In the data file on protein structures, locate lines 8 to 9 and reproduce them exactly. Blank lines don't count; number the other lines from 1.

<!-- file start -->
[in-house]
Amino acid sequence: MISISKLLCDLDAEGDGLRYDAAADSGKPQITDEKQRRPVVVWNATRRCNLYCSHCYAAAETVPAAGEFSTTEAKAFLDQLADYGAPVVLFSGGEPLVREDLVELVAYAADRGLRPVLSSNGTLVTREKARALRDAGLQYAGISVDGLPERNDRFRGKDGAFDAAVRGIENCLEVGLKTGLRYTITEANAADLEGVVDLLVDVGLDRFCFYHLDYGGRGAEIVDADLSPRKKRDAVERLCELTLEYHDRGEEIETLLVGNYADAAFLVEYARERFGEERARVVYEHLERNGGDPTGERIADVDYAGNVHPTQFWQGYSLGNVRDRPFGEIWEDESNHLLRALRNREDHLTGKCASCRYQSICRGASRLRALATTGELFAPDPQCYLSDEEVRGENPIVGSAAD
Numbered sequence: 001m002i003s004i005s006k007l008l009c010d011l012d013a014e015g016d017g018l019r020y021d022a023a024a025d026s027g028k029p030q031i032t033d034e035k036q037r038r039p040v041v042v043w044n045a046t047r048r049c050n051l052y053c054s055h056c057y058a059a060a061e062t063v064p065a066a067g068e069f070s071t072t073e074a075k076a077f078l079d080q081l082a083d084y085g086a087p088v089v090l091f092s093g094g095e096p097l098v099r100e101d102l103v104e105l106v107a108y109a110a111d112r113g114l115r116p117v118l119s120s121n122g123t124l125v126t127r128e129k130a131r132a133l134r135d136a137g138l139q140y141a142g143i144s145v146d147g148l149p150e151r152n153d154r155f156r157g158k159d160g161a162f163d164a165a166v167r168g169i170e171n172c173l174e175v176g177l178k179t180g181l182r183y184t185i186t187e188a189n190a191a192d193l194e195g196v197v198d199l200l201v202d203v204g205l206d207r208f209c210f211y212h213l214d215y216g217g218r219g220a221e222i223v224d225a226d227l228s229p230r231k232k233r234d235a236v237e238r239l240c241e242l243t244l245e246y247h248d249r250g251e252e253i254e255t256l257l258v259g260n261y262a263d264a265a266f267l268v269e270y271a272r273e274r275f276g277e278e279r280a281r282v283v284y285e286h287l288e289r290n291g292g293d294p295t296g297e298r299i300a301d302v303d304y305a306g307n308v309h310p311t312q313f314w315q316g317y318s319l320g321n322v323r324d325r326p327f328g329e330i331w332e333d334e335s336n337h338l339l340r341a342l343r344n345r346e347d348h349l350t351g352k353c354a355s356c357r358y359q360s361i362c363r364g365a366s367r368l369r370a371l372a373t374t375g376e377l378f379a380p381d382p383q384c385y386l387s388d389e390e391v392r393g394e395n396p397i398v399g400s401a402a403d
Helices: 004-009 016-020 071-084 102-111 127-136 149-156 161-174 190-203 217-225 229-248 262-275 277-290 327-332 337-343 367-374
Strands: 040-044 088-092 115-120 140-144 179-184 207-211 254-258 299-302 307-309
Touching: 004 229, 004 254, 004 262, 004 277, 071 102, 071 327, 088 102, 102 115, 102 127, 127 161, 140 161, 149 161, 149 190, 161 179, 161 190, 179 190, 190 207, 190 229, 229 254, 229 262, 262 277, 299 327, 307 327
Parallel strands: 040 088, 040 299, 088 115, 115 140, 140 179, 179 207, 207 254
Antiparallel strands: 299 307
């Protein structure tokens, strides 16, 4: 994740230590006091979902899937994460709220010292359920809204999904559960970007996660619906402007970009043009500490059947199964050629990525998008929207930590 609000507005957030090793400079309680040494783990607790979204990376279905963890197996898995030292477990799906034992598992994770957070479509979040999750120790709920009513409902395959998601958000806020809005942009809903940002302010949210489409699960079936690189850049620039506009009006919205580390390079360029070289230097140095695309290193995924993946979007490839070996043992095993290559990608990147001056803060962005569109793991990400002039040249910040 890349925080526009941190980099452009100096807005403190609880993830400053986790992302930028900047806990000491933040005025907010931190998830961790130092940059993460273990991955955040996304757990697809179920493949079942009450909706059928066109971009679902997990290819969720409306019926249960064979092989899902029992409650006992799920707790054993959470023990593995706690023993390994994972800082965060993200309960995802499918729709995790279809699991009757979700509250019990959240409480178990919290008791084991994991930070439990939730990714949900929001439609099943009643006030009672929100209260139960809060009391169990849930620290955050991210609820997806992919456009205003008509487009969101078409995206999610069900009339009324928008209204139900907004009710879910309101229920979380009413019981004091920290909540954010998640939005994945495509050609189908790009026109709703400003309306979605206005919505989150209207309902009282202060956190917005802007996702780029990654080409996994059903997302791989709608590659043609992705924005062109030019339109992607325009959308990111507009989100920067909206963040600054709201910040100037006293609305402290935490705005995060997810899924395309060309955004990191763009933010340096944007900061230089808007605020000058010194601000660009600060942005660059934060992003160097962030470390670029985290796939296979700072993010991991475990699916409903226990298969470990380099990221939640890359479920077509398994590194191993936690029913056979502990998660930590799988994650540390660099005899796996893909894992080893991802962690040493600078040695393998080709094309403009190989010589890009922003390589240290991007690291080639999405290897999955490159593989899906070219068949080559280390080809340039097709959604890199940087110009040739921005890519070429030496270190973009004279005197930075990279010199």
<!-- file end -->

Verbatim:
Antiparallel strands: 299 307
């Protein structure tokens, strides 16, 4: 994740230590006091979902899937994460709220010292359920809204999904559960970007996660619906402007970009043009500490059947199964050629990525998008929207930590 609000507005957030090793400079309680040494783990607790979204990376279905963890197996898995030292477990799906034992598992994770957070479509979040999750120790709920009513409902395959998601958000806020809005942009809903940002302010949210489409699960079936690189850049620039506009009006919205580390390079360029070289230097140095695309290193995924993946979007490839070996043992095993290559990608990147001056803060962005569109793991990400002039040249910040 890349925080526009941190980099452009100096807005403190609880993830400053986790992302930028900047806990000491933040005025907010931190998830961790130092940059993460273990991955955040996304757990697809179920493949079942009450909706059928066109971009679902997990290819969720409306019926249960064979092989899902029992409650006992799920707790054993959470023990593995706690023993390994994972800082965060993200309960995802499918729709995790279809699991009757979700509250019990959240409480178990919290008791084991994991930070439990939730990714949900929001439609099943009643006030009672929100209260139960809060009391169990849930620290955050991210609820997806992919456009205003008509487009969101078409995206999610069900009339009324928008209204139900907004009710879910309101229920979380009413019981004091920290909540954010998640939005994945495509050609189908790009026109709703400003309306979605206005919505989150209207309902009282202060956190917005802007996702780029990654080409996994059903997302791989709608590659043609992705924005062109030019339109992607325009959308990111507009989100920067909206963040600054709201910040100037006293609305402290935490705005995060997810899924395309060309955004990191763009933010340096944007900061230089808007605020000058010194601000660009600060942005660059934060992003160097962030470390670029985290796939296979700072993010991991475990699916409903226990298969470990380099990221939640890359479920077509398994590194191993936690029913056979502990998660930590799988994650540390660099005899796996893909894992080893991802962690040493600078040695393998080709094309403009190989010589890009922003390589240290991007690291080639999405290897999955490159593989899906070219068949080559280390080809340039097709959604890199940087110009040739921005890519070429030496270190973009004279005197930075990279010199």